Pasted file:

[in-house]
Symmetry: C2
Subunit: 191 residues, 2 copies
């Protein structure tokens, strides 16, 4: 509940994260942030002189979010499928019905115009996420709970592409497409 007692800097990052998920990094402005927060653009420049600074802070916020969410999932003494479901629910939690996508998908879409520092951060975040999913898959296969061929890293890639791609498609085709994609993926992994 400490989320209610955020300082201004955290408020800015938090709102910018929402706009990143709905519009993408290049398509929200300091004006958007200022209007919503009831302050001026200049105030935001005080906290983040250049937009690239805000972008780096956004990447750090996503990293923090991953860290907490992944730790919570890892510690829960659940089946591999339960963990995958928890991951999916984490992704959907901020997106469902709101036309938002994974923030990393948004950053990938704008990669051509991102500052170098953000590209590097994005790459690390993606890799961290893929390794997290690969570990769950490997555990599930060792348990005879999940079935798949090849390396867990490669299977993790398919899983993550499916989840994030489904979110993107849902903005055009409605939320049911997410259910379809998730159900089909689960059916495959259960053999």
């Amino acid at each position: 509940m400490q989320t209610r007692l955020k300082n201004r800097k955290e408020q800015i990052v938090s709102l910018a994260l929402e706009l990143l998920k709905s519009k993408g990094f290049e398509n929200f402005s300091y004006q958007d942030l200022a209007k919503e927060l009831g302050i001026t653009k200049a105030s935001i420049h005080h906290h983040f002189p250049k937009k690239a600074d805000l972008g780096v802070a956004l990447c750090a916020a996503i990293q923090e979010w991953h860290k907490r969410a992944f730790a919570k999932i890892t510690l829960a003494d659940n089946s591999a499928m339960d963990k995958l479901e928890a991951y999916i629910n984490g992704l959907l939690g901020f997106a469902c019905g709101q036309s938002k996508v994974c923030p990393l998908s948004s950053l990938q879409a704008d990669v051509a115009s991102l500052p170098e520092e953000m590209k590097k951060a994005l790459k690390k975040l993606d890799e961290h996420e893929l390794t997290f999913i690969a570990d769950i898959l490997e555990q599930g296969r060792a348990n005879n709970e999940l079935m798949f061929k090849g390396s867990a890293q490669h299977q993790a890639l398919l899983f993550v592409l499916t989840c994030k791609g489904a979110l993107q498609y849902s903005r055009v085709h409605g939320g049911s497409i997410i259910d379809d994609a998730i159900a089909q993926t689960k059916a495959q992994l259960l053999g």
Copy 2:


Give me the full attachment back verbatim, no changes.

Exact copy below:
[in-house]
Symmetry: C2
Subunit: 191 residues, 2 copies
């Protein structure tokens, strides 16, 4: 509940994260942030002189979010499928019905115009996420709970592409497409 007692800097990052998920990094402005927060653009420049600074802070916020969410999932003494479901629910939690996508998908879409520092951060975040999913898959296969061929890293890639791609498609085709994609993926992994 400490989320209610955020300082201004955290408020800015938090709102910018929402706009990143709905519009993408290049398509929200300091004006958007200022209007919503009831302050001026200049105030935001005080906290983040250049937009690239805000972008780096956004990447750090996503990293923090991953860290907490992944730790919570890892510690829960659940089946591999339960963990995958928890991951999916984490992704959907901020997106469902709101036309938002994974923030990393948004950053990938704008990669051509991102500052170098953000590209590097994005790459690390993606890799961290893929390794997290690969570990769950490997555990599930060792348990005879999940079935798949090849390396867990490669299977993790398919899983993550499916989840994030489904979110993107849902903005055009409605939320049911997410259910379809998730159900089909689960059916495959259960053999």
């Amino acid at each position: 509940m400490q989320t209610r007692l955020k300082n201004r800097k955290e408020q800015i990052v938090s709102l910018a994260l929402e706009l990143l998920k709905s519009k993408g990094f290049e398509n929200f402005s300091y004006q958007d942030l200022a209007k919503e927060l009831g302050i001026t653009k200049a105030s935001i420049h005080h906290h983040f002189p250049k937009k690239a600074d805000l972008g780096v802070a956004l990447c750090a916020a996503i990293q923090e979010w991953h860290k907490r969410a992944f730790a919570k999932i890892t510690l829960a003494d659940n089946s591999a499928m339960d963990k995958l479901e928890a991951y999916i629910n984490g992704l959907l939690g901020f997106a469902c019905g709101q036309s938002k996508v994974c923030p990393l998908s948004s950053l990938q879409a704008d990669v051509a115009s991102l500052p170098e520092e953000m590209k590097k951060a994005l790459k690390k975040l993606d890799e961290h996420e893929l390794t997290f999913i690969a570990d769950i898959l490997e555990q599930g296969r060792a348990n005879n709970e999940l079935m798949f061929k090849g390396s867990a890293q490669h299977q993790a890639l398919l899983f993550v592409l499916t989840c994030k791609g489904a979110l993107q498609y849902s903005r055009v085709h409605g939320g049911s497409i997410i259910d379809d994609a998730i159900a089909q993926t689960k059916a495959q992994l259960l053999g």
Copy 2: